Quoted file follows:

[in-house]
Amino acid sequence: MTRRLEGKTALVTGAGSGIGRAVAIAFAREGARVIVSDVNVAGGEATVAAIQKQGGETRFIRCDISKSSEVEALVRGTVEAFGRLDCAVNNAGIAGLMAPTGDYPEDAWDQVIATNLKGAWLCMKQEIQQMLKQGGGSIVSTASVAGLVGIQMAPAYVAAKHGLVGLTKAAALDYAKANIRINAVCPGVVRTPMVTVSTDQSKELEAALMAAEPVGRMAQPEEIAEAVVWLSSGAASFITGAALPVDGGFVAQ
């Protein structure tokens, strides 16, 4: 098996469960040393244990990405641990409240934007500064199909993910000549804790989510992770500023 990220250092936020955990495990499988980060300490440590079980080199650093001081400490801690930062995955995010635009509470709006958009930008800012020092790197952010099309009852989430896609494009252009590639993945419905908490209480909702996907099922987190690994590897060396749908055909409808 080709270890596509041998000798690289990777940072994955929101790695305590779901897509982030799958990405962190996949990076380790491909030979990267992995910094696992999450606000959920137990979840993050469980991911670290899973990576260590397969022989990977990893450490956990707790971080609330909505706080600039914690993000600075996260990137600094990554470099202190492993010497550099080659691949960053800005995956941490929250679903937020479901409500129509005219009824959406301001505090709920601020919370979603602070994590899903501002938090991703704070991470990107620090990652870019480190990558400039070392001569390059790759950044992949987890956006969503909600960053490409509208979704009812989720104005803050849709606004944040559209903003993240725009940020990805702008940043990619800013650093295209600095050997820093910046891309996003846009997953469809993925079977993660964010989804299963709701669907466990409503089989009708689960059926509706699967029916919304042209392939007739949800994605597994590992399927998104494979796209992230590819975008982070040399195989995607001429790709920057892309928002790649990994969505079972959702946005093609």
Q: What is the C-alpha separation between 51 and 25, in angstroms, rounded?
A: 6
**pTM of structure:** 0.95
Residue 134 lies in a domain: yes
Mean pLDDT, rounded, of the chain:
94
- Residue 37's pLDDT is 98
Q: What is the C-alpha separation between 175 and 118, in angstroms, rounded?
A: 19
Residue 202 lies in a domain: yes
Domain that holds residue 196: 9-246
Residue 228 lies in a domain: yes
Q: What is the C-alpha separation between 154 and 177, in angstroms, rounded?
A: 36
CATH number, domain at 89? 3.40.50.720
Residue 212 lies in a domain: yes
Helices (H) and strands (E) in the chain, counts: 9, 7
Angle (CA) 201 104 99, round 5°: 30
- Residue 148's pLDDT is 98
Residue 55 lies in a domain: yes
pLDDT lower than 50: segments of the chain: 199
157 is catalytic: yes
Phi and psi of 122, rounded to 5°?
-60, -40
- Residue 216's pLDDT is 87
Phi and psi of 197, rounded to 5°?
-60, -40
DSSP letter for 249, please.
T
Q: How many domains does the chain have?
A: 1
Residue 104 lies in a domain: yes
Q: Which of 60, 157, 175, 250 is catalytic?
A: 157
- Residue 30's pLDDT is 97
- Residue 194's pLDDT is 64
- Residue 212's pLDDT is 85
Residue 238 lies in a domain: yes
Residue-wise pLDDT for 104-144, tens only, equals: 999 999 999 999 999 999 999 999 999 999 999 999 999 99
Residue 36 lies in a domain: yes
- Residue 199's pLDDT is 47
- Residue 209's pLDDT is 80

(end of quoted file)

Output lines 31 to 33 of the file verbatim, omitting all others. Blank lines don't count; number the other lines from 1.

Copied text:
DSSP letter for 249, please.
T
Q: How many domains does the chain have?